Nursing Care of the Patient Undergoing a Breast Biopsy
Breast biopsies are one of the most common ambulatory surgical procedures performed, with 80% of the results negative for malignancy (Norris, 2001). Prior to the procedure, the nurse’srole is to provide instruction; however, it is important for the nurse to first assess how the woman is coping with her need for the procedure and her ability to process information about the procedure and the possible implications of the biopsy results. Anxiety and fear are normal responses to the need for a breast biopsy, but these responses may interfere with the woman’s abil-ity to recall and understand the information that is provided prior to the procedure. Therefore, written information and book-lets are used to reinforce teaching. The nurse also must give the patient an opportunity to address issues and concerns related to the biopsy.
The nurse instructs the patient to avoid use of agents that can interfere with blood clotting and increase the risk for bleed-ing. Among these agents are nonsteroidal anti-inflammatory drugs, vitamin E supplements, herbal substances (such as gingko biloba and garlic supplements), warfarin, and products con-taining aspirin. The patient may be instructed not to eat or drink after midnight, depending on the type of biopsy planned. Most breast biopsy procedures today are performed with the use of moderate sedation and local anesthesia; thus, the recovery pe-riod is relatively brief.
Postoperative assessment includes monitoring the effects of the anesthesia and inspection of the dressing covering the inci-sion. Prior to discharge from the ambulatory surgery center or of-fice, the patient must be able to tolerate fluids or food, ambulate, and void. The patient should be accompanied home by a family member or friend. At discharge, the nurse reviews with the pa-tient the care of the biopsy site, pain management, and activity restrictions. The dressing covering the incision is usually removed on the second day, but use of a supportive bra is encouraged im-mediately after the procedure for 3 to 7 days to limit movement of the breast and reduce discomfort. Steri-strips applied over the incision are left in place until they start to come off, usually a cou-ple of weeks after the procedure. A follow-up telephone call to the patient by the nurse 24 to 48 hours after the procedure is stan-dard care and provides an opportunity for the nurse to answer any questions the patient might have.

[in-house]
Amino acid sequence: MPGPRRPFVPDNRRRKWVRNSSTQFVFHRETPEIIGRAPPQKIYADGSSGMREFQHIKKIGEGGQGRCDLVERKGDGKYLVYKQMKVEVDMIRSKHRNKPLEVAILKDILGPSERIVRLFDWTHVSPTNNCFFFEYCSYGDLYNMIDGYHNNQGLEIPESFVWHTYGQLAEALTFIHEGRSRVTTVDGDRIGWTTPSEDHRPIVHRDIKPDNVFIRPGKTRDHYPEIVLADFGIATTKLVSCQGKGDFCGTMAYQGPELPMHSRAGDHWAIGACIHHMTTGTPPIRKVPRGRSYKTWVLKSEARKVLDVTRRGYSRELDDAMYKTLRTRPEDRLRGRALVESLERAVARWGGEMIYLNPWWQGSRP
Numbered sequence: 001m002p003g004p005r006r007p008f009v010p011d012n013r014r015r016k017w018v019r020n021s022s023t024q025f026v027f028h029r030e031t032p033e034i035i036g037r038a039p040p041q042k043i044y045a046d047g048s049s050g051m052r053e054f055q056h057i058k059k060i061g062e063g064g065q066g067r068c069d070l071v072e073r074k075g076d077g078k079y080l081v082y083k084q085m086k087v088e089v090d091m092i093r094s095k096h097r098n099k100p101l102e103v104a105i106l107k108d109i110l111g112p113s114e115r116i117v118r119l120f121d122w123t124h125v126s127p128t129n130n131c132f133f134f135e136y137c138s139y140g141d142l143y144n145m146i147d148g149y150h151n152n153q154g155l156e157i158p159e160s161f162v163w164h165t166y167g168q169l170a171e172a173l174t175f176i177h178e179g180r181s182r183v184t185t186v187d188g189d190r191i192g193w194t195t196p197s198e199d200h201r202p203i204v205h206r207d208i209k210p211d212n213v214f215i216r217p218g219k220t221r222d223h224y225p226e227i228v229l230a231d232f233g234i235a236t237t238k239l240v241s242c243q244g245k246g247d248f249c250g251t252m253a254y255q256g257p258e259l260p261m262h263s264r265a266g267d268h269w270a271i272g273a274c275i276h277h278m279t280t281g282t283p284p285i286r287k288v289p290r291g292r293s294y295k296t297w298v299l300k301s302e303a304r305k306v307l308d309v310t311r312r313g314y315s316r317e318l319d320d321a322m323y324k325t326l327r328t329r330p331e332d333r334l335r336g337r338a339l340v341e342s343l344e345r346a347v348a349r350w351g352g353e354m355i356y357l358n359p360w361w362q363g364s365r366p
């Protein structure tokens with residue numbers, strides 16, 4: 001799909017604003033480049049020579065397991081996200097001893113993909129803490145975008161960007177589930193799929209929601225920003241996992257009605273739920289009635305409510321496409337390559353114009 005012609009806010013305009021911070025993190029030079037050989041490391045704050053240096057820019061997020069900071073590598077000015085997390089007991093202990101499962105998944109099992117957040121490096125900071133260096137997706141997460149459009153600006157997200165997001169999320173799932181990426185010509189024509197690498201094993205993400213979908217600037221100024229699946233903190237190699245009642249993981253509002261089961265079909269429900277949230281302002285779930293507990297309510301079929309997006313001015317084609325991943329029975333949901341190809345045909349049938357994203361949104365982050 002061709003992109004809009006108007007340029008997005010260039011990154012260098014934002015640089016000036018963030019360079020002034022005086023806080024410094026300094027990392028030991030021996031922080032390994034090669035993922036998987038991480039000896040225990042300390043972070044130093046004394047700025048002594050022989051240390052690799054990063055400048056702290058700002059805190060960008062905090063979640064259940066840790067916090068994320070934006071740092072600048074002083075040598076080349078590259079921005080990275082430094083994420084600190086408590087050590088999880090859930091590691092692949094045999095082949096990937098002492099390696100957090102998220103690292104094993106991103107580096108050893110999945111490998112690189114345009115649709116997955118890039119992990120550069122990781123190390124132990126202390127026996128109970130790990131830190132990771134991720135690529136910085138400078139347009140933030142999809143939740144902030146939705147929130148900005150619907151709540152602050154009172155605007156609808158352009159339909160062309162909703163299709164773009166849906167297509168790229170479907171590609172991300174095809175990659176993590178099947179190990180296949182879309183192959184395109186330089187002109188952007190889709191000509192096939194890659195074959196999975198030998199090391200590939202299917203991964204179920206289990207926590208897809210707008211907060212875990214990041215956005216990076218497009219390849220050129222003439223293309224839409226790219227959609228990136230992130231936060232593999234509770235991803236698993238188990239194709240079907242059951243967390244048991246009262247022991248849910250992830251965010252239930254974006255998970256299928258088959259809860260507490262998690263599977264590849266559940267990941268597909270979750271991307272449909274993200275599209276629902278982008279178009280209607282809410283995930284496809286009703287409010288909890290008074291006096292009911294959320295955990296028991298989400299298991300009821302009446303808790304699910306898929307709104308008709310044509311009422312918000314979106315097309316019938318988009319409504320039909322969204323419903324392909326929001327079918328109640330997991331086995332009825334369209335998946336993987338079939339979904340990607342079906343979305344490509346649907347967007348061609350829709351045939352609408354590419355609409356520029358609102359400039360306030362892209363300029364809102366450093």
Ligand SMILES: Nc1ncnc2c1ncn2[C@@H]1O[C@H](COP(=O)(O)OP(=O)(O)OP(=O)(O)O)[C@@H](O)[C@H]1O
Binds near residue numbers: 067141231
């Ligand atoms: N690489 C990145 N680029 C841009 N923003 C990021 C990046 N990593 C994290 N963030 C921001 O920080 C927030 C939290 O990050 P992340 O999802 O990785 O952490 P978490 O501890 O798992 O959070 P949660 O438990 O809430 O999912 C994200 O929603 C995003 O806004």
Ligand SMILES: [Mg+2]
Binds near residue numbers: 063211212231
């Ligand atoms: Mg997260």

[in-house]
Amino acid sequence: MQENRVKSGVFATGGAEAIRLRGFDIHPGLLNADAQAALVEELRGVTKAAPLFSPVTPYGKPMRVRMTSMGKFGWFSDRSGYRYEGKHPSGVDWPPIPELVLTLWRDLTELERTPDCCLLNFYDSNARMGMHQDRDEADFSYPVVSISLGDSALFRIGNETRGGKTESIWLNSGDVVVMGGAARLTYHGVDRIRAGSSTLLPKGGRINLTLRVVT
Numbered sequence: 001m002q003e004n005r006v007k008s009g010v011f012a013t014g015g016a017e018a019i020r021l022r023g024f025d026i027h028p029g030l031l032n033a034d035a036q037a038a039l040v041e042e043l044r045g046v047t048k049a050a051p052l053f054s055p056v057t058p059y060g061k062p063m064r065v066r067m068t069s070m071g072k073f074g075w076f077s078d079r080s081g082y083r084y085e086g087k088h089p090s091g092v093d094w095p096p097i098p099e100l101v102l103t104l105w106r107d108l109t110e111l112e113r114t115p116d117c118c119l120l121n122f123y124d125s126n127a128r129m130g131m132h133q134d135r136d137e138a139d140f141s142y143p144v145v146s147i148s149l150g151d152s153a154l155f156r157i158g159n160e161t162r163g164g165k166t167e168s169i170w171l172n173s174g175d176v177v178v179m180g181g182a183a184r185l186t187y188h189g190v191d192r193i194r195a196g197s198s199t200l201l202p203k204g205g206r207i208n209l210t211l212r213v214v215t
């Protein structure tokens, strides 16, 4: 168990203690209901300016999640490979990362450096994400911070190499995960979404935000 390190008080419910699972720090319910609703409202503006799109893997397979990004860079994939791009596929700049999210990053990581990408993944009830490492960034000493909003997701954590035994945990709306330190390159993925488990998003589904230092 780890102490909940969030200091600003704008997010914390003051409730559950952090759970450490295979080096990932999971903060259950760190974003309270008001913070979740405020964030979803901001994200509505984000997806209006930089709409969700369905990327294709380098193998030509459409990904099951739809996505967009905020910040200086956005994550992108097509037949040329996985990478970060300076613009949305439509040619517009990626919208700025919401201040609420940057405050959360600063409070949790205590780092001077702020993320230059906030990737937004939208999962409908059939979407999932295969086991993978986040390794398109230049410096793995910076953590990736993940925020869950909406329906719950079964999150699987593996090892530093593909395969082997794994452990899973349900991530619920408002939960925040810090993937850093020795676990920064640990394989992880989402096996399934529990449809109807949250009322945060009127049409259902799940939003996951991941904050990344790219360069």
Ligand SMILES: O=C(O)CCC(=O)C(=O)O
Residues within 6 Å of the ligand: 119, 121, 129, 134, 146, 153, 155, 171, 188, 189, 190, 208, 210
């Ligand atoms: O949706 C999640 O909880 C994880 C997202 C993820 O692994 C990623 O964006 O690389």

Most women return to their usual activities the day after the procedure but are encouraged to avoid jarring or high-impact activities for 1 week to promote healing of the biopsy site. Dis-comfort is usually minimal from the procedure and most women find acetaminophen sufficient for pain relief; however, a mild opioid may be prescribed, if needed.
Follow-up after the biopsy includes a return visit to the sur-geon for discussion of the final pathology report and assessment of the healing of the biopsy site. Depending on the results of the biopsy, the nurse’s role varies. If the pathology report is negative for cancer, the nurse reviews incision care and explains what to expect as the biopsy site heals (ie, changes in sensation may occur weeks or months after the biopsy due to injury to the nerves within the breast tissue). If a diagnosis of cancer is made, the nurse’s role changes dramatically;.
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